Haine said an investigation into this matter was conducted by agents of the Illinois State Police. The findings of that investigation were presented to the members of the Grand Jury who found sufficient evidence to indict the defendant.
“The Grand Jury’s decision here reflects the fundamental idea that when members of a community decide to take justice into their own hands, even for laudable purposes, they can place themselves and others in danger and damage potential cases,” Haine said. “We have tremendous law enforcement agencies in Madison County, and the public needs to let them do their job. Having a citizenry that is observant of suspicious behavior and criminal activity is important, but citizens must utilize the existing law enforcement channels to ensure that true justice is pursued, where criminals are caught and exposed but with sufficient evidence that can hold up in a court of law and sustain a conviction, all the while respecting each individual’s right to presumed innocence under our Constitutional system. When members of a community decide to take justice into their own hands, they can place themselves and others in danger, damage potential cases, and violate citizen’s fundamental rights.”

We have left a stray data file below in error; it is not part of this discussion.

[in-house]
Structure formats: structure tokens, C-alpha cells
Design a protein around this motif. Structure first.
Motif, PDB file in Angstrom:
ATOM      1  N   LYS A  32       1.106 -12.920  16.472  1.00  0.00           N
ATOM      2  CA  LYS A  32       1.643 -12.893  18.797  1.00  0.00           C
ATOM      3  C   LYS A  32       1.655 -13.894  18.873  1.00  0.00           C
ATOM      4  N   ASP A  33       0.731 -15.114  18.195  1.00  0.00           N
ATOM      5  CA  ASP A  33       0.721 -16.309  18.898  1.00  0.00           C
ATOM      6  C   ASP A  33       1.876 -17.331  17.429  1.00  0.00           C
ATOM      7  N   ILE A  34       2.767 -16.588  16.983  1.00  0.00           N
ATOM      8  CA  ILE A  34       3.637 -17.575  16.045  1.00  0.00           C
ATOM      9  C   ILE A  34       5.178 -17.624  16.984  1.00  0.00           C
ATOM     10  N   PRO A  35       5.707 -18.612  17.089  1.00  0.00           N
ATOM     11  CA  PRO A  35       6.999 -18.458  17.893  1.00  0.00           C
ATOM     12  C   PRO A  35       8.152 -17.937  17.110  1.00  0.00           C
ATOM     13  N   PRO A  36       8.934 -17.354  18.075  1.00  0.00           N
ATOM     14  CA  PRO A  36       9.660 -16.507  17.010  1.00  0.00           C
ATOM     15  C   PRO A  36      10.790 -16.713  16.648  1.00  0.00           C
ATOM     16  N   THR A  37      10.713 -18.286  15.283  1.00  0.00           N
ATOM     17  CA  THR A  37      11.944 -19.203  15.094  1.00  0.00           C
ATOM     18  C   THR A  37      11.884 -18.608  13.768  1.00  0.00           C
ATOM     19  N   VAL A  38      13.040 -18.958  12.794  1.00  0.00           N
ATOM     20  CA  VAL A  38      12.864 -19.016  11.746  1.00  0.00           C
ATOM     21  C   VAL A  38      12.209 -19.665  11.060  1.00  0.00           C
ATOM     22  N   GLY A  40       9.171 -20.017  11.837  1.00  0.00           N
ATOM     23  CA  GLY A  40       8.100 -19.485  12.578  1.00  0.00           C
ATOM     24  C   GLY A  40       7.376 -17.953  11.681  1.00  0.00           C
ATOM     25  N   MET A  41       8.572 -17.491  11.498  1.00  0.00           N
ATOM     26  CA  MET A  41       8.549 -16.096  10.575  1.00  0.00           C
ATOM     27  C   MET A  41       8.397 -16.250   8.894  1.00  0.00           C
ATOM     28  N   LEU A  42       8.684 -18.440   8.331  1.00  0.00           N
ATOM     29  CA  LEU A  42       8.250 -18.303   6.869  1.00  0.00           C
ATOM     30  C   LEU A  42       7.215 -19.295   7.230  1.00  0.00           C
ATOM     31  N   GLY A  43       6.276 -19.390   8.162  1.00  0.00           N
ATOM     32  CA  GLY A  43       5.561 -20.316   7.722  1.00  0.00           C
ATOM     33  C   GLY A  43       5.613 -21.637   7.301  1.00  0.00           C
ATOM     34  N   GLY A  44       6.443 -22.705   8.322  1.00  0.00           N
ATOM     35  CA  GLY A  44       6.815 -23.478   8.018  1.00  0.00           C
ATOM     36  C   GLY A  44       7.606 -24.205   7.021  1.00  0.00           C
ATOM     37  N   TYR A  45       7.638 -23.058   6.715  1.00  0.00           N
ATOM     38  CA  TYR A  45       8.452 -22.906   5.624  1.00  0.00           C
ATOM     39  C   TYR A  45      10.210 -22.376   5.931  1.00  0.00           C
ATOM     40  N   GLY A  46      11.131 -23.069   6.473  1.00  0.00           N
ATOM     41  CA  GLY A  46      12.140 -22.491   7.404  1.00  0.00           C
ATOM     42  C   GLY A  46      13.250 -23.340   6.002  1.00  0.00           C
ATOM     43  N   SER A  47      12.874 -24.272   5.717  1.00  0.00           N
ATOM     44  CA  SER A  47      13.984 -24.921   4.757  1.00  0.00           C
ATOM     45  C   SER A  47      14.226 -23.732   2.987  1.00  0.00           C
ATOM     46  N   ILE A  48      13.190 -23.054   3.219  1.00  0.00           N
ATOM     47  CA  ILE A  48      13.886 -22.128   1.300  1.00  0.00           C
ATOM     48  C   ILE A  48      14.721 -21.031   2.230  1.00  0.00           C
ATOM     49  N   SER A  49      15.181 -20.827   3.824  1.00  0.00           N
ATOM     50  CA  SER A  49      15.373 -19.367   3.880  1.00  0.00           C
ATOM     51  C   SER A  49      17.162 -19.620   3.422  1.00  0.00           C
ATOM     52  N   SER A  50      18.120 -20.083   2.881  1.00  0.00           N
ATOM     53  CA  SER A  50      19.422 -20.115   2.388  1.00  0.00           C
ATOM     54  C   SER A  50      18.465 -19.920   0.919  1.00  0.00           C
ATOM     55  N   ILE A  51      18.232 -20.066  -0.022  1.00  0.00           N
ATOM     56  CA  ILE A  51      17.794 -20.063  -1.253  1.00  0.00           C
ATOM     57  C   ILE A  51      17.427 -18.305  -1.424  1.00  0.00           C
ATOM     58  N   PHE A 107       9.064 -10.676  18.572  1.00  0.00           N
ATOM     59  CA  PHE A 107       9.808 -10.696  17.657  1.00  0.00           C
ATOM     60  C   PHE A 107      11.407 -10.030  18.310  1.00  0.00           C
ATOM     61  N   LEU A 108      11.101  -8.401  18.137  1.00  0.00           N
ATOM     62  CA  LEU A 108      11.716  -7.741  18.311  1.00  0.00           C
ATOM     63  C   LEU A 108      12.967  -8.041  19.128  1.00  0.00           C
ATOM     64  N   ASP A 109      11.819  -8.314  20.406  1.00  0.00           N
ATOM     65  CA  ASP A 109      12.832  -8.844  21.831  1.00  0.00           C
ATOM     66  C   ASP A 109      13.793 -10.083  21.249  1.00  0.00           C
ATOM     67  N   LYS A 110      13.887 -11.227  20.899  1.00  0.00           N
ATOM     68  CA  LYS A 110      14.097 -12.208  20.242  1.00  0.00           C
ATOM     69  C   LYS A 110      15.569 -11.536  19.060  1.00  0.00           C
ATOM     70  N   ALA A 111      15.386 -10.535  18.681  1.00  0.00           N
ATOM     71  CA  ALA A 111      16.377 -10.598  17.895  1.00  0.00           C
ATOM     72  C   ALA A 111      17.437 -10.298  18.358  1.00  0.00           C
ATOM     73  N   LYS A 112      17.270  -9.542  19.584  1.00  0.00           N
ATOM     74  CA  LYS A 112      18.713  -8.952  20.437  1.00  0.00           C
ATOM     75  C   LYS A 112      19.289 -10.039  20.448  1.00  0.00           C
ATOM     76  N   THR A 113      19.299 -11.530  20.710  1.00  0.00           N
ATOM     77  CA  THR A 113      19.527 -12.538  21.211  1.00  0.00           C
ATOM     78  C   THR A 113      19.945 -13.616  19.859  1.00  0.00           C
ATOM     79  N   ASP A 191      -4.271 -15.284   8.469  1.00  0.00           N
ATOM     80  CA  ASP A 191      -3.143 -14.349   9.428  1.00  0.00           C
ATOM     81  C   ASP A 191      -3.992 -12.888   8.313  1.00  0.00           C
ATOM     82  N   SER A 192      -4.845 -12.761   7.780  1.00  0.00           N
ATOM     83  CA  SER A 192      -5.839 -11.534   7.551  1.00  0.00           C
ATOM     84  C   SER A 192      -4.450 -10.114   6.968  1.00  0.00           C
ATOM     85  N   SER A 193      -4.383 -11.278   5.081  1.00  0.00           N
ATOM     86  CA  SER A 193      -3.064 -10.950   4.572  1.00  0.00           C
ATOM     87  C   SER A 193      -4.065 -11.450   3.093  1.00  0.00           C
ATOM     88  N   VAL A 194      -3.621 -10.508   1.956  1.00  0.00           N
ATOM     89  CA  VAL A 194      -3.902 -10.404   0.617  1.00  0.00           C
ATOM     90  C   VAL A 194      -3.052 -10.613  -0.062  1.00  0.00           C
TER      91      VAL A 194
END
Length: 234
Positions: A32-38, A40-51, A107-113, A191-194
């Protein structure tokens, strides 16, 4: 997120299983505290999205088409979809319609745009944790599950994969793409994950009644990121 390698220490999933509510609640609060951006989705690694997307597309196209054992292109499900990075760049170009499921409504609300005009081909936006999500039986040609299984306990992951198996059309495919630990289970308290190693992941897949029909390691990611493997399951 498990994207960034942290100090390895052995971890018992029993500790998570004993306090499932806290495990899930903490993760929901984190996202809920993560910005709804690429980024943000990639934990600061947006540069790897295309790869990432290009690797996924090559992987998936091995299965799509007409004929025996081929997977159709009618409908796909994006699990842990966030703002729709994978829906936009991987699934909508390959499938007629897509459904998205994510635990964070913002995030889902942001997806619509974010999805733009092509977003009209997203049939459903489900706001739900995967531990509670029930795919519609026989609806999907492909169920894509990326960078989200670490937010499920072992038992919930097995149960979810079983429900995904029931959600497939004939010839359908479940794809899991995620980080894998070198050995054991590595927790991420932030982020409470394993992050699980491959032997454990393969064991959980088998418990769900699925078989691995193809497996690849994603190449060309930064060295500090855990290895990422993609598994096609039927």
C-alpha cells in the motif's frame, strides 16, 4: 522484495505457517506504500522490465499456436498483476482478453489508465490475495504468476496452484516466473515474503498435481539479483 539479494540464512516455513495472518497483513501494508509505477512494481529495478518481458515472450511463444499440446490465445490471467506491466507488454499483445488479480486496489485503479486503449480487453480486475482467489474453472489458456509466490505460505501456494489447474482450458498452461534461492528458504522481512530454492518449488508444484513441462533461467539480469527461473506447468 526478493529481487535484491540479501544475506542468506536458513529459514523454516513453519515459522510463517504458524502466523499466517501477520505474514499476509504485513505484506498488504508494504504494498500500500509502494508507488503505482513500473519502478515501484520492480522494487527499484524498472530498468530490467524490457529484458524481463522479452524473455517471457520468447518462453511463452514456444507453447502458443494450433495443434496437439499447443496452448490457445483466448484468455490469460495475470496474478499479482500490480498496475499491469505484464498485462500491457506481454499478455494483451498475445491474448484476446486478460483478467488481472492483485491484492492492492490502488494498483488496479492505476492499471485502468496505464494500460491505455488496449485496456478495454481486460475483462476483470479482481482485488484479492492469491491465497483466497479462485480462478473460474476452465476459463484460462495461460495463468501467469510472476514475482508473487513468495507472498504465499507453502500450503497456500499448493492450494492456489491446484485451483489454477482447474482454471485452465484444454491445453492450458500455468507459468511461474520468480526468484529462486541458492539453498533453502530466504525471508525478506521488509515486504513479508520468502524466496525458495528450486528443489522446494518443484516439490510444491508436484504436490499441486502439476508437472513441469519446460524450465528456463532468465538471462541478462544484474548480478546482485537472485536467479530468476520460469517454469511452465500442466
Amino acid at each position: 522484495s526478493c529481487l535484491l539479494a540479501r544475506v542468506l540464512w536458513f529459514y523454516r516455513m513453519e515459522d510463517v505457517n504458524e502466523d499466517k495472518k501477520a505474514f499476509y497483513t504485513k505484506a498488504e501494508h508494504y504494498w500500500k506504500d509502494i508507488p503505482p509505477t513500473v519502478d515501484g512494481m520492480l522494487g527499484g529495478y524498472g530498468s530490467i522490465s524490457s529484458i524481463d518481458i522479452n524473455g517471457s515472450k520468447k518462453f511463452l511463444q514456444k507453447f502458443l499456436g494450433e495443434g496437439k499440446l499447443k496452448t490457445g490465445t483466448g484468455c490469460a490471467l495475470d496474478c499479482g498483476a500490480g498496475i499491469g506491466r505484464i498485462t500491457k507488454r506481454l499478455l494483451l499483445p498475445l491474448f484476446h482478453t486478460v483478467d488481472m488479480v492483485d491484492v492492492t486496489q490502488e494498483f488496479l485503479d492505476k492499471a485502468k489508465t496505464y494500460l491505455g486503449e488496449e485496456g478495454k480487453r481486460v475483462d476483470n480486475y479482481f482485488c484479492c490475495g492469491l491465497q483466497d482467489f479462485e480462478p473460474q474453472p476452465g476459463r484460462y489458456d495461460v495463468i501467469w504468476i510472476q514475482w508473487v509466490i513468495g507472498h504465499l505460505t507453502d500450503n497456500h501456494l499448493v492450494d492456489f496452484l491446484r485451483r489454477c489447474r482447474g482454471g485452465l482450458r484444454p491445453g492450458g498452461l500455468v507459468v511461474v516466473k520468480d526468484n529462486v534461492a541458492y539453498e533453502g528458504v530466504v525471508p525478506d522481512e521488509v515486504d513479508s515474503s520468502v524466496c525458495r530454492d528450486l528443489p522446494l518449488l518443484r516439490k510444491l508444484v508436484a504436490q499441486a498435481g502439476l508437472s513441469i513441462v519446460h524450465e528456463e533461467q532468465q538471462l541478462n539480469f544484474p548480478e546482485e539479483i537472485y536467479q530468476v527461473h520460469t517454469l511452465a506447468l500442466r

Haine said the Madison County State’s Attorney’s Office encourages individuals to reach out to their local law enforcement agencies if they witness suspicious behavior or suspect criminal activity.
The charges issued by the Grand Jury are based upon probable cause. The defendant is presumed innocent until found guilty by a court of law.